A Victim to Base Closing During the Vietnam War

In 1967, the Base was ordered shut down and operations ceased July 1, 1967. Little remains today to remind visitors of the history enjoyed by this former military base. From 1941 to 1942, it was known as Roswell Army Flying School. From 1942 to 1947, it was known as Roswell Army Air- field. From 1947 to 1948, it was known as Roswell Air Force Base. From 1948 until closure in 1967, it was known as Walker Air Force Base. The last name of the facility was in honor of General Kenneth Newton Walker, a native of Los Cerrillos, New Mexico, who was killed during a bombing mission over Rabaul, New Britain, Papua, New Guinea on January 5, 1943. After his group scored direct hits on nine Japanese ships, General Walker’s aircraft was last seen leaving the target with one engine on fire and several Japanese fighters on its tail. For his gallantry, General Walker was awarded the Congressional Medal of Honor posthumously by President Franklin D. Roosevelt in 1943.

The old control tower. ( Image credit Alan Armstrong)
The old control tower. ( Image credit Alan Armstrong)

As one walks about the campus of this former military field, the old control tower is still standing as are a number of aircraft hangars, office buildings and maintenance shops. Although the City of Roswell has placed a new fire station on the field, the general appearance of the facility is that of a run- down former military air base, the significance of which is now lost on most Americans. The airfield is littered with what appears to be hundreds of aging jetliners, some in storage and some being broken up for salvage. In short, the old Roswell Army Airfield is now an airplane bone yard.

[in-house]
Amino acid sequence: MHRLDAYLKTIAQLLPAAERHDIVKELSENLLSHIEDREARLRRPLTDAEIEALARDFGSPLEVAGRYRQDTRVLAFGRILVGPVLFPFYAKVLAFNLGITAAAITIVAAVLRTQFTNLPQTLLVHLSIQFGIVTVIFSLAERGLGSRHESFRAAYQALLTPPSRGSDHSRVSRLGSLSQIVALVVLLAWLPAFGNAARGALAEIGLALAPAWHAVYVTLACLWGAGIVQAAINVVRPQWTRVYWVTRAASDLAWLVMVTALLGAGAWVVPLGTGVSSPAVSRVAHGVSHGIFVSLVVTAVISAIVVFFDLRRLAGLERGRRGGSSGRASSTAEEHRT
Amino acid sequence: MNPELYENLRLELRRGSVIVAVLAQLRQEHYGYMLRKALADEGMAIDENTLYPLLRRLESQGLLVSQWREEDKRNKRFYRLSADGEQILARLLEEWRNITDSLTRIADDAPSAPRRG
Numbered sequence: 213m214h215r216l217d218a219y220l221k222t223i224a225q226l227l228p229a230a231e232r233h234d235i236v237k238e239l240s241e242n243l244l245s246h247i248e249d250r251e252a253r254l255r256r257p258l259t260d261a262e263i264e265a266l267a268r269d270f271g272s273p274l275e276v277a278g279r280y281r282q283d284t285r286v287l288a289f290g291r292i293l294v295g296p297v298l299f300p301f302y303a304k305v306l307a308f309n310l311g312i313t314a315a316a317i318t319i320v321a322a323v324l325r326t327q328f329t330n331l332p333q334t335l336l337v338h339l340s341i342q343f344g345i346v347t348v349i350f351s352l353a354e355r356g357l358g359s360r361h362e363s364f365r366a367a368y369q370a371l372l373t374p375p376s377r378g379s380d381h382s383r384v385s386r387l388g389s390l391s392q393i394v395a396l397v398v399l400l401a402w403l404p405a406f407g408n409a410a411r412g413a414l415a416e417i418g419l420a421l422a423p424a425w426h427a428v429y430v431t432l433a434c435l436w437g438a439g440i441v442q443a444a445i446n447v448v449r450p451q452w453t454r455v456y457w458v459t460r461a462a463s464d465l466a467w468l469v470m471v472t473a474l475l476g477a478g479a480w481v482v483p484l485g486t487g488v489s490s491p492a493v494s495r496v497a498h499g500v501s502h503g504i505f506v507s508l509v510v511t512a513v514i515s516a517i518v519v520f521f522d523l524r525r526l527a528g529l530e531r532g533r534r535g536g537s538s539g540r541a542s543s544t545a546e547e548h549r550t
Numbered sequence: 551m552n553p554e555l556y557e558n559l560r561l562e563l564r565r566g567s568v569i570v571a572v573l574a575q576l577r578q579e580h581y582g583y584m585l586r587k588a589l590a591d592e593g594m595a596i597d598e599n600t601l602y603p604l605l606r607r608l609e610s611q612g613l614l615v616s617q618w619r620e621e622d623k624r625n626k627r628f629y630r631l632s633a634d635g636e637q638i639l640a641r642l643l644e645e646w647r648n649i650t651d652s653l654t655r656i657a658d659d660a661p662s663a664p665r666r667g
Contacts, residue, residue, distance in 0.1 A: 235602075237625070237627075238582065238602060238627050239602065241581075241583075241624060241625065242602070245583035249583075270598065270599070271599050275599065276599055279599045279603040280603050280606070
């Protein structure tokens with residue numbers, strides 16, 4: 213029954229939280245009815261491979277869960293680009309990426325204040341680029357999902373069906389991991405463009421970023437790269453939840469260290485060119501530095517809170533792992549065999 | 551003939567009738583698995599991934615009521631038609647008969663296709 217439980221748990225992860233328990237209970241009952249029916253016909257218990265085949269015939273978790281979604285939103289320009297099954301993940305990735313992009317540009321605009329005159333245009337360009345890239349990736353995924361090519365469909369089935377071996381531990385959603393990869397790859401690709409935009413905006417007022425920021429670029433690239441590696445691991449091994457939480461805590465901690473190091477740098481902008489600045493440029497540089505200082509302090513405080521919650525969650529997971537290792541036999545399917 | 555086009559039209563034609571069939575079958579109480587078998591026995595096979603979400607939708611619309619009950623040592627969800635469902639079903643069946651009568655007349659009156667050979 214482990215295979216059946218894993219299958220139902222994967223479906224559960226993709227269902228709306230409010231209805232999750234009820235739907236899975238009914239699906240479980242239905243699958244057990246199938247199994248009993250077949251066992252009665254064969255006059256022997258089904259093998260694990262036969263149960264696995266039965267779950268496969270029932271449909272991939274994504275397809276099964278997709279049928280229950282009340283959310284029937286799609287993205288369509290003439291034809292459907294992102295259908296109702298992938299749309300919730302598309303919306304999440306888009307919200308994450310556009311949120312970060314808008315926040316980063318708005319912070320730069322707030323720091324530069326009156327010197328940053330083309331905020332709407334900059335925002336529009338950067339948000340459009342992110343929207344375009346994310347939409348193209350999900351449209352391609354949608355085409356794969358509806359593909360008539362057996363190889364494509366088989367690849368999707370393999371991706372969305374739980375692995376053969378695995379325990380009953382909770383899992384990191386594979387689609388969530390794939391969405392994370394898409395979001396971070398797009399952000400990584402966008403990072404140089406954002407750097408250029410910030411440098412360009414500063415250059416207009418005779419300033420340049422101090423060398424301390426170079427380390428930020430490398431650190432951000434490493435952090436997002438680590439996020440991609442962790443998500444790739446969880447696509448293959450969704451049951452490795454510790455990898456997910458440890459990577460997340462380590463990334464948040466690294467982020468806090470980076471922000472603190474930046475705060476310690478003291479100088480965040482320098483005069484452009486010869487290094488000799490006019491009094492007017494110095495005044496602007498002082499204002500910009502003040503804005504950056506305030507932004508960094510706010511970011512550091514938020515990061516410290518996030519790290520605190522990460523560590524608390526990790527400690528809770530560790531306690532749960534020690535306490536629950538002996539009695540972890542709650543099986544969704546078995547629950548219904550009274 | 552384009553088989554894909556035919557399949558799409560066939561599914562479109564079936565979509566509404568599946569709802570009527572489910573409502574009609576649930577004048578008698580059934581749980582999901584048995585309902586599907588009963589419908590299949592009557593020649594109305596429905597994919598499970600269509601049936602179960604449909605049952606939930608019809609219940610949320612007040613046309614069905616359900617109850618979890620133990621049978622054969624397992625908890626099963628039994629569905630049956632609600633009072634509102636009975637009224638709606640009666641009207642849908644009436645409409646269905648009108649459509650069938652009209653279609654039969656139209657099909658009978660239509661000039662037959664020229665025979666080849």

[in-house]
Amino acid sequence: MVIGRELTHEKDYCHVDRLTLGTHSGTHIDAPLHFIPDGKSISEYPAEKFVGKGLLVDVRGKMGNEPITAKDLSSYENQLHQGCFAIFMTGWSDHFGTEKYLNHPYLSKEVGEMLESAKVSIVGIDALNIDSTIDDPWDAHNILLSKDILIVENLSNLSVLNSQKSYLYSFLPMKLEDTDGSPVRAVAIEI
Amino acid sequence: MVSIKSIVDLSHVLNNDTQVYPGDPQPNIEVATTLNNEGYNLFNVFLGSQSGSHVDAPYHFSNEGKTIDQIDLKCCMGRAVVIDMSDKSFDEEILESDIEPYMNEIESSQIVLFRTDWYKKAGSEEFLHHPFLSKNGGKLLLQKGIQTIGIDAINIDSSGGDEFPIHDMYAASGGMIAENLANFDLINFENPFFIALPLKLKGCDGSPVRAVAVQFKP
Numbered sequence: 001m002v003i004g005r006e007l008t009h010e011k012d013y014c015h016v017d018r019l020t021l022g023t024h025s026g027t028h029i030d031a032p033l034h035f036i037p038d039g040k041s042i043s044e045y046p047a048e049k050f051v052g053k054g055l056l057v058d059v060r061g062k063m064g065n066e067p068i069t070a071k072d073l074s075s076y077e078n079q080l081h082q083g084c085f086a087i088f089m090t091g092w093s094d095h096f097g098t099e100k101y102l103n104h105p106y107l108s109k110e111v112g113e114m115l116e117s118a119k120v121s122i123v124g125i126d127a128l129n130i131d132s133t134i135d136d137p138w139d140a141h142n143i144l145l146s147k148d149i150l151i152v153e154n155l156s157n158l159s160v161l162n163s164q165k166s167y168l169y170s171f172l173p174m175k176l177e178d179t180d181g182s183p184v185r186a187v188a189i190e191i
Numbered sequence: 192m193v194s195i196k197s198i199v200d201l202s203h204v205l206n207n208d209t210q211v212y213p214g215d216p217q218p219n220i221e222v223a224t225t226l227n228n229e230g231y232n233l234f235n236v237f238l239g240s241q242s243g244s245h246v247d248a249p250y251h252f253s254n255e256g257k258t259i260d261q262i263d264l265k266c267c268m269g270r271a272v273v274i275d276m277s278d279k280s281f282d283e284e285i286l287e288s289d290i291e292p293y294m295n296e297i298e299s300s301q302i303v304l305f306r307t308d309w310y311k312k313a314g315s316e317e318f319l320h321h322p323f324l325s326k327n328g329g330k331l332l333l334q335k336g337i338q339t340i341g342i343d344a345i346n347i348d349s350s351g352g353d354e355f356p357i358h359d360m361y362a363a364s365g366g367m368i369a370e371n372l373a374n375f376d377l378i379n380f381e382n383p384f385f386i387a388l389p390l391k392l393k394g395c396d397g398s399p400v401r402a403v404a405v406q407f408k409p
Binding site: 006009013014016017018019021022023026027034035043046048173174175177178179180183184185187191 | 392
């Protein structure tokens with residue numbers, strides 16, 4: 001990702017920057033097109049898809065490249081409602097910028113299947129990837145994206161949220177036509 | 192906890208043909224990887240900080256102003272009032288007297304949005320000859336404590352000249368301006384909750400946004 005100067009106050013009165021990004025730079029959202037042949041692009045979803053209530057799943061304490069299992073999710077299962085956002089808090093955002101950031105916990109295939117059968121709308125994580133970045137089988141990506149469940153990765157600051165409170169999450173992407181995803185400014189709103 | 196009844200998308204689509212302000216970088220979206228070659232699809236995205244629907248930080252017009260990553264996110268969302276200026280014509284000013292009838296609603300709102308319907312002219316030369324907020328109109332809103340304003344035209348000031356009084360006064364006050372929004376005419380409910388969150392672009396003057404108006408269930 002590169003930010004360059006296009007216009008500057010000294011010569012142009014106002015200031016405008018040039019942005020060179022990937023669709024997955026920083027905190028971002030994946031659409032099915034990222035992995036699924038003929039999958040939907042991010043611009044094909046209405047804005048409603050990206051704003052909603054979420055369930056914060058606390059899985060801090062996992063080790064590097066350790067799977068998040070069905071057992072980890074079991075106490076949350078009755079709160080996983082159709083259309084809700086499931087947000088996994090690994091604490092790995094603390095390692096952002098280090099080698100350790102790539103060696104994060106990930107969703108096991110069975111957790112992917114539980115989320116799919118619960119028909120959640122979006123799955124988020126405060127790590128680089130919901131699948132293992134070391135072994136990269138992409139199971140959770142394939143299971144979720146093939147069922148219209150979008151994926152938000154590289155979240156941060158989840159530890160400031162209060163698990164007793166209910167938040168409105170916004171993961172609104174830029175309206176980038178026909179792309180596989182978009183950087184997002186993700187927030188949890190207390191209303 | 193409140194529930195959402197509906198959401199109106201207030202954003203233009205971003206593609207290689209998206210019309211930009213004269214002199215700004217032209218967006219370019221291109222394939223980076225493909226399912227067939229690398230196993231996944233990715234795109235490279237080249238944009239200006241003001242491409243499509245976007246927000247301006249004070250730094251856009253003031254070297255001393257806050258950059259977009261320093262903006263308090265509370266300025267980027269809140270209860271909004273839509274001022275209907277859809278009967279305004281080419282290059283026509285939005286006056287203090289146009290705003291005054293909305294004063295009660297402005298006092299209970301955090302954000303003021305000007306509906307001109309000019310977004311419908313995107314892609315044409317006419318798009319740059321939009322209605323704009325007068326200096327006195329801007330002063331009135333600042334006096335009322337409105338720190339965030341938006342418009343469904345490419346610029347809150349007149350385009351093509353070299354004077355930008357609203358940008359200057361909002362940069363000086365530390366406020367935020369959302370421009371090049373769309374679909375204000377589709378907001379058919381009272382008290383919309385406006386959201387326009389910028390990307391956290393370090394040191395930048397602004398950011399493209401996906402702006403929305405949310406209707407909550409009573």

Two Americans who have not lost their reverence for the historical significance for this closed military facility are Johnny Stites and his wife, Maralea. Mr. and Mrs. Stites maintain the Walker Aviation Museum in the terminal building of the airport. This modest museum is adorned with aviation artifacts and models of military aircraft to pay homage to those who died ensuring and protecting our freedoms during the Second World War and thereafter. Admission to the museum is free, and there is a grill next door to the museum. High above the tables which serve the grill is a large model of a B-29 Superfortress.